Bangladesh Prime Minister Sheikh Hasina has lambasted Amnesty International accusing it of trying to protect war criminals as she alleged that the global rights group had been bribed to defend the accused.
Hasina accused Amnesty of taking money for its defence of the war criminals calling the the act “despicable”, a news portal reported.
Amnesty, in a media statement on October 27 before the final court verdict on war criminals Salauddin Quader Chowdhury and Ali Ahsan Mohammad Mujahid, had said that “serious crimes by freedom fighters” during the 1971 Liberation War had gone unpunished. Hasina said, “We’ve strongly condemned it (statement) and will continue to do so”.
“They received something big for it,” Hasina said at a press briefing on Sunday, implying that Amnesty was paid off for making the statement. The prime minister also urged for an early conclusion of the war crimes trials. “We have to take steps to try the (suspected) war criminals quickly,” she said.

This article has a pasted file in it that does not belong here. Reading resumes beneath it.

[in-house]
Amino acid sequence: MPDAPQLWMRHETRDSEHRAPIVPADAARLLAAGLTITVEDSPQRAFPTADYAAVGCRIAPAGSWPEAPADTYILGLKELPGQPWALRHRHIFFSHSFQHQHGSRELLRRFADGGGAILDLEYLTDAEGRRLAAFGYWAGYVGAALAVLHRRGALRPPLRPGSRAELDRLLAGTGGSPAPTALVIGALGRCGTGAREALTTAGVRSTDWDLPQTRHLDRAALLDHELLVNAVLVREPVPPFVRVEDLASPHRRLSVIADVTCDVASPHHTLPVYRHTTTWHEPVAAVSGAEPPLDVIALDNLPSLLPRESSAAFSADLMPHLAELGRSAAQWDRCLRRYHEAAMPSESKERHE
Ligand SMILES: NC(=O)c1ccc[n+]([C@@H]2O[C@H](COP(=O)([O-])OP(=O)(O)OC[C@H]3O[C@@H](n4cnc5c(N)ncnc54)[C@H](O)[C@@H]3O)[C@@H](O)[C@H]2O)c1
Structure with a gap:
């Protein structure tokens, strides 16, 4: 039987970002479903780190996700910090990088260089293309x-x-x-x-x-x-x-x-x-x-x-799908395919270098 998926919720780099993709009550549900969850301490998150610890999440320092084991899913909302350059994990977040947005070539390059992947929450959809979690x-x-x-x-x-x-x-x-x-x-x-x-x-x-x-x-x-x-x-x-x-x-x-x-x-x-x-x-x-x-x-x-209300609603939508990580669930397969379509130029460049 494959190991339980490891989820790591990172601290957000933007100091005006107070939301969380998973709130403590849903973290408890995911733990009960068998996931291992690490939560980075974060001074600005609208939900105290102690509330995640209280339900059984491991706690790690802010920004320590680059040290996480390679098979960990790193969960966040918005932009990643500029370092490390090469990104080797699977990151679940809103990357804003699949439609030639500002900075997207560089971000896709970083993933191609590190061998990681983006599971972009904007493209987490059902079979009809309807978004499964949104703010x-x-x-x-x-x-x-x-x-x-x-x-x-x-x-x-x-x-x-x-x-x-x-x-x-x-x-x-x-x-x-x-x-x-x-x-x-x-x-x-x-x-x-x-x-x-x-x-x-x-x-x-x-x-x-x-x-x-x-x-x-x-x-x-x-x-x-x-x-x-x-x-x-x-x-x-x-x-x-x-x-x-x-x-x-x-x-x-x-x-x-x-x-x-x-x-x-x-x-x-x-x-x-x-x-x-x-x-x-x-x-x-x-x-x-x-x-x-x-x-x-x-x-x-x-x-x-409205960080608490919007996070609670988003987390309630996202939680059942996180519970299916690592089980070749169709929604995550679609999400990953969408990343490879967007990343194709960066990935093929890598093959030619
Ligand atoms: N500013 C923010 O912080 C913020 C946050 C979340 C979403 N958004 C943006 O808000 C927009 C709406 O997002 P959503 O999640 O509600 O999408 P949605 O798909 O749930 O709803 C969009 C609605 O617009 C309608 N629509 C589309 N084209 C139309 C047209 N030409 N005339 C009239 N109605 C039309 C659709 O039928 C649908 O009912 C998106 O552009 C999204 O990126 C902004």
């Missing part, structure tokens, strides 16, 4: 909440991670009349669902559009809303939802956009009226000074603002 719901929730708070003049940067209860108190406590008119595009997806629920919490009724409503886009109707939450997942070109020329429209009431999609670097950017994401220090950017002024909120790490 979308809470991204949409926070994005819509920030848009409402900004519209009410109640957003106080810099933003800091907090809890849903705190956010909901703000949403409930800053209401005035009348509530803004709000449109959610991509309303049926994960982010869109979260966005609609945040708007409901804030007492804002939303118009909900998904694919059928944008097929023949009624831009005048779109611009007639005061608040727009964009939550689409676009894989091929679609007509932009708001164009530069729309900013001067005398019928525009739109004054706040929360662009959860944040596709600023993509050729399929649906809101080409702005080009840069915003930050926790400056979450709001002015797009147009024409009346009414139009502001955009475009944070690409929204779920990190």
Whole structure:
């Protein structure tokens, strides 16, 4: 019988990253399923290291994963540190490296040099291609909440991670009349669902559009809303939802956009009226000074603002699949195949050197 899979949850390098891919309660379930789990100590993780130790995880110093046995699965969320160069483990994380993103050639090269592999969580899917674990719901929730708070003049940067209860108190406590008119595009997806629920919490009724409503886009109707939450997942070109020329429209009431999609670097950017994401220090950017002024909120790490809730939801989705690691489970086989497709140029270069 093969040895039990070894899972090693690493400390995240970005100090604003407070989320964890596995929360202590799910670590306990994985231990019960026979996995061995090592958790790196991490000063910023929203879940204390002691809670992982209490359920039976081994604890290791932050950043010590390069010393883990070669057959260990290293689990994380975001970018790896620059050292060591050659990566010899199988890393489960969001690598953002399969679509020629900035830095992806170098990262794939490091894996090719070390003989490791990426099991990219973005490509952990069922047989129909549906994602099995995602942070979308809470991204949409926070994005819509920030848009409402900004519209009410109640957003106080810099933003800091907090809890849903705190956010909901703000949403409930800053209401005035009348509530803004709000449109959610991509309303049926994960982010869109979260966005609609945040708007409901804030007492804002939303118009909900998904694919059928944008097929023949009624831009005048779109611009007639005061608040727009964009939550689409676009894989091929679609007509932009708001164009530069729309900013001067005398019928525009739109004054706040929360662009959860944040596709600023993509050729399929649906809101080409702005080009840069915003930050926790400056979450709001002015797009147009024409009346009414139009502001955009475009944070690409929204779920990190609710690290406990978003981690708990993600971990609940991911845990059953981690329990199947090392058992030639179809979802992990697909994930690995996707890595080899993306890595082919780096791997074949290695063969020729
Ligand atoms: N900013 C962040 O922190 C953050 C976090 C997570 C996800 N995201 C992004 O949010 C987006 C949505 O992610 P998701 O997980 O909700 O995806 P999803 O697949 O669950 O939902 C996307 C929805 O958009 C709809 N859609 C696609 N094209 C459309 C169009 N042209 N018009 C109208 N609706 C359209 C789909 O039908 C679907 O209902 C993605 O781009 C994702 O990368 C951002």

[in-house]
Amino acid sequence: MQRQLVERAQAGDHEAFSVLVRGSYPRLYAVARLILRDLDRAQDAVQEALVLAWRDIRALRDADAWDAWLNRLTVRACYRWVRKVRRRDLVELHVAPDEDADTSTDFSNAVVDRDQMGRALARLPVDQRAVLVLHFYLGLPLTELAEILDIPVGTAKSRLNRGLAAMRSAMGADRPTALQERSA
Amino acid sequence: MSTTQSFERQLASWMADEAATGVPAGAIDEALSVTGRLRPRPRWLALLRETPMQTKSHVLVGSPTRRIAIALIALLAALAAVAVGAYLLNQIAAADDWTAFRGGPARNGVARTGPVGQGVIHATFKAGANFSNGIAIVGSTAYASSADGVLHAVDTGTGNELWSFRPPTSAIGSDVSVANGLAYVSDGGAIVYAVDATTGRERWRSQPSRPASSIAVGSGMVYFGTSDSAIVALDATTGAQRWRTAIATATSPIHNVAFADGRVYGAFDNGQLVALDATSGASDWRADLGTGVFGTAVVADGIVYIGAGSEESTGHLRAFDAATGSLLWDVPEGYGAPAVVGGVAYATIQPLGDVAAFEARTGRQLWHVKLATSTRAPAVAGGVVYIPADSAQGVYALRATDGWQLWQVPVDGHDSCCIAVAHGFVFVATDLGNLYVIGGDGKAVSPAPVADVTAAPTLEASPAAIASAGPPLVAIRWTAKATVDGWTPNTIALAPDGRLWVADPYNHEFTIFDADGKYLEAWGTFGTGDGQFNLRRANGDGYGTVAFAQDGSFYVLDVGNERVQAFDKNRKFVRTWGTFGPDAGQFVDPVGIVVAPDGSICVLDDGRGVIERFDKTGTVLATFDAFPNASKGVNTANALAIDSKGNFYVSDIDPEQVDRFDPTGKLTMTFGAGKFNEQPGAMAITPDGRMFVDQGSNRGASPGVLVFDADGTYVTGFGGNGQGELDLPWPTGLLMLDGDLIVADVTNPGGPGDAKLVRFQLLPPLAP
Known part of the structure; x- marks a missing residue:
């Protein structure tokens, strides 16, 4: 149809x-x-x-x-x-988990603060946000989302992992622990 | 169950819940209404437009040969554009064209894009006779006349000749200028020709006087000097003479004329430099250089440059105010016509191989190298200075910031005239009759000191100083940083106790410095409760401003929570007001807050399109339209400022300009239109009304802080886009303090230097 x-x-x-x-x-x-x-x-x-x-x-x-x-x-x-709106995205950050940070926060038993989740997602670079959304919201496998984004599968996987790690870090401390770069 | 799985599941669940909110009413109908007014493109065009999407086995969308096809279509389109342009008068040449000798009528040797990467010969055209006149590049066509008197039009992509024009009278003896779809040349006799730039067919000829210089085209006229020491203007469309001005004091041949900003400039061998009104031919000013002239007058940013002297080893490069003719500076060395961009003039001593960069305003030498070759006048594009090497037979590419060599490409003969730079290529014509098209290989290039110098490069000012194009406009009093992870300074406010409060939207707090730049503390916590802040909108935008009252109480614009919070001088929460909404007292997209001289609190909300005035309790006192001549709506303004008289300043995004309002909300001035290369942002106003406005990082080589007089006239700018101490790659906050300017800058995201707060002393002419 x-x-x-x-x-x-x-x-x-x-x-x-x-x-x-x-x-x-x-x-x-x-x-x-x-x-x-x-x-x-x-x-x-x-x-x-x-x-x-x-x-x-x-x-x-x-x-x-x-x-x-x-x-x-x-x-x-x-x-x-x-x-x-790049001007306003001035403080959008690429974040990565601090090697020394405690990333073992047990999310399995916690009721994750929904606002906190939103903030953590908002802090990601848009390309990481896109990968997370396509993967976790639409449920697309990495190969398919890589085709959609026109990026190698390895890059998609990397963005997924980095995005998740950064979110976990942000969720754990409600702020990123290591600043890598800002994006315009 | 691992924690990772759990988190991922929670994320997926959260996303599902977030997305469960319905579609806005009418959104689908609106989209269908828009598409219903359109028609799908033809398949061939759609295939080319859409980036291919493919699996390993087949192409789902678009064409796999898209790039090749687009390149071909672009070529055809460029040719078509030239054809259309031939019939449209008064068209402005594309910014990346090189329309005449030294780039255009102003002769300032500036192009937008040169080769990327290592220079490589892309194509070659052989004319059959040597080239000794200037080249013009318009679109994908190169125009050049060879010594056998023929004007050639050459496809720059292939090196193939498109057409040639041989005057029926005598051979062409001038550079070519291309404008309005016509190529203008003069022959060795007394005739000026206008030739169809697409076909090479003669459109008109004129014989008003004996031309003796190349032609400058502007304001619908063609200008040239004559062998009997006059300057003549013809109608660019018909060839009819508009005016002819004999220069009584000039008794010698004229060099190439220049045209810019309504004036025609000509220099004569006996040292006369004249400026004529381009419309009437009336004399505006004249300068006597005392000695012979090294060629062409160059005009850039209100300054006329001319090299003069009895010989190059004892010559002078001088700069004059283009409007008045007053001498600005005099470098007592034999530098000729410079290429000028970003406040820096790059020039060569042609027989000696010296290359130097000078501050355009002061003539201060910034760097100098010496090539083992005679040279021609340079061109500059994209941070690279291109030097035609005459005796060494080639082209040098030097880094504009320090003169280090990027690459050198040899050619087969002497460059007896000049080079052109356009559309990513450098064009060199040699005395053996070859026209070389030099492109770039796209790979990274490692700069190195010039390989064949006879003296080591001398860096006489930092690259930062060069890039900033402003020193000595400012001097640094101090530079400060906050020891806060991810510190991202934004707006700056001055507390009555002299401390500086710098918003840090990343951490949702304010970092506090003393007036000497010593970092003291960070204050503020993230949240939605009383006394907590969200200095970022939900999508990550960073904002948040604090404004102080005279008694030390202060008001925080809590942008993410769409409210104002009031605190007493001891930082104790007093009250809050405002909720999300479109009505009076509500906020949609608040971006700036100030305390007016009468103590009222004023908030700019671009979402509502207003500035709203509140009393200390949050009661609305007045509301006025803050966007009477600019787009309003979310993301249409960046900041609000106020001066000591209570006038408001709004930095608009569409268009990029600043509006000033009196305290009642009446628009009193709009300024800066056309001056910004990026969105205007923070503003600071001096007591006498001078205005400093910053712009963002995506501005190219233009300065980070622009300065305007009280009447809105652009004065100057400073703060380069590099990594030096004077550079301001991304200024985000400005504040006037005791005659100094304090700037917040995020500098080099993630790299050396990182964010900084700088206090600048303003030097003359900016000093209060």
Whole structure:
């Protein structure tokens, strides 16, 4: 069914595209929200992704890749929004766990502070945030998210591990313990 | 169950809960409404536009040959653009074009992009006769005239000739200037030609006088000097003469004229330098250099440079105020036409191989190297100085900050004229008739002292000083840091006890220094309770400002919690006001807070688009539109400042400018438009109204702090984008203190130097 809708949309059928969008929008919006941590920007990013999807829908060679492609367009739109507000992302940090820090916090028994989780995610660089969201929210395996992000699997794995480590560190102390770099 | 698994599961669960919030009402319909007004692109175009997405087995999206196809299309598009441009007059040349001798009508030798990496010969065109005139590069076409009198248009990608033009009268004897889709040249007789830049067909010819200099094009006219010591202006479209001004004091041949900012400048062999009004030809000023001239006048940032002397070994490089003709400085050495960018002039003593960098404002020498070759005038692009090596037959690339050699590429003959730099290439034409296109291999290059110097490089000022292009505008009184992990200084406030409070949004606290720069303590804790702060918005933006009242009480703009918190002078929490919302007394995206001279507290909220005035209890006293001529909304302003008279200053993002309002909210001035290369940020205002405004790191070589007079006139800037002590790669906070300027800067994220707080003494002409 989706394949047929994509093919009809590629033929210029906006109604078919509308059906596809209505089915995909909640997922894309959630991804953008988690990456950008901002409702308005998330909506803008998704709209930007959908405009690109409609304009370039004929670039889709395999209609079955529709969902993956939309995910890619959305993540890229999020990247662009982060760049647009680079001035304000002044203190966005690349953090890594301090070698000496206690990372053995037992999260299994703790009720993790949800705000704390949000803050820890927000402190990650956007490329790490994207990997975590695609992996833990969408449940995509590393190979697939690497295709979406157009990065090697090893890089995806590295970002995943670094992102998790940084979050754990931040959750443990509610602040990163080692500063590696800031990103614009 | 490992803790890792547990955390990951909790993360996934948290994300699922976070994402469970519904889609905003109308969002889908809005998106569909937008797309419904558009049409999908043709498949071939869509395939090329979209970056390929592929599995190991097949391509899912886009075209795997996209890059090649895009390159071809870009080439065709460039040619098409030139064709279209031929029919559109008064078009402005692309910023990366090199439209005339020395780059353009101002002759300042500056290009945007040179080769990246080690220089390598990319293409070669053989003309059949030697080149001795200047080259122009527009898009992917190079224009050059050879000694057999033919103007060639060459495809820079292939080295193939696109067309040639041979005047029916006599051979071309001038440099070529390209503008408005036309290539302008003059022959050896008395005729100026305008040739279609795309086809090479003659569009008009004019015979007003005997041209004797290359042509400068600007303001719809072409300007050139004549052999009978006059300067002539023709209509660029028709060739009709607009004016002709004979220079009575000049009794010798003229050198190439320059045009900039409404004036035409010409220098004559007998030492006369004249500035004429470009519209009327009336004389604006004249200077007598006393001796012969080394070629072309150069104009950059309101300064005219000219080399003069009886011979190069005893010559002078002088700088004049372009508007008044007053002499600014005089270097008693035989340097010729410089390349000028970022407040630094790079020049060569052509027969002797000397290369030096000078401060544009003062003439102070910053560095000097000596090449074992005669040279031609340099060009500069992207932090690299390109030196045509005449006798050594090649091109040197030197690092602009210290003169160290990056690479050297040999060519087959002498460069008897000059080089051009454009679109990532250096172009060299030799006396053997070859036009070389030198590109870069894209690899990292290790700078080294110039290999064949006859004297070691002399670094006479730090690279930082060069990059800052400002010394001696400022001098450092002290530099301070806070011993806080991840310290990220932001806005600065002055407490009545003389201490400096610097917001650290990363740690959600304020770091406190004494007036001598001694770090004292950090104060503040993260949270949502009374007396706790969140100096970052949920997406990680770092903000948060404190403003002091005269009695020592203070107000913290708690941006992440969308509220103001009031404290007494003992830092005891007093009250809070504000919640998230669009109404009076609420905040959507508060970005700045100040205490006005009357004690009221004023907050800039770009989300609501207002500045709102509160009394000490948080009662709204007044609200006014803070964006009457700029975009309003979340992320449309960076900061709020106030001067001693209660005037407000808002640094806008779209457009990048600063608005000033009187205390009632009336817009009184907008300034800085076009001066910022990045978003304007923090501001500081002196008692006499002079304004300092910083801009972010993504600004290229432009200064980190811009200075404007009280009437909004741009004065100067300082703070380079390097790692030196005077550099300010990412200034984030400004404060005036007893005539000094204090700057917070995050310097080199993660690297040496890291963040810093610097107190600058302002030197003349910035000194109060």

War crimes suspects were put on trial after the formation of the first war crimes tribunal in 2010. A second one was constituted two years later to expedite the trials. But the government merged the two tribunals after many cases were resolved and the number of pending cases decreased.
Most of the war criminals are from the fundamentalist Jamaat-e-Islami, which opposed Bangladesh’s independence from Pakistan. The Supreme Court handed death sentences to wartime Al-Badr chief Jamaat leader Mujahid on June 16 and Chittagong’s BNP leader Chowdhury on July 29. The full verdicts were published on September 30.
The convicts have sought a final review of the verdict before execution. The apex court will hear their pleas on November 17 amid allegations of attempts to obstruct the trials.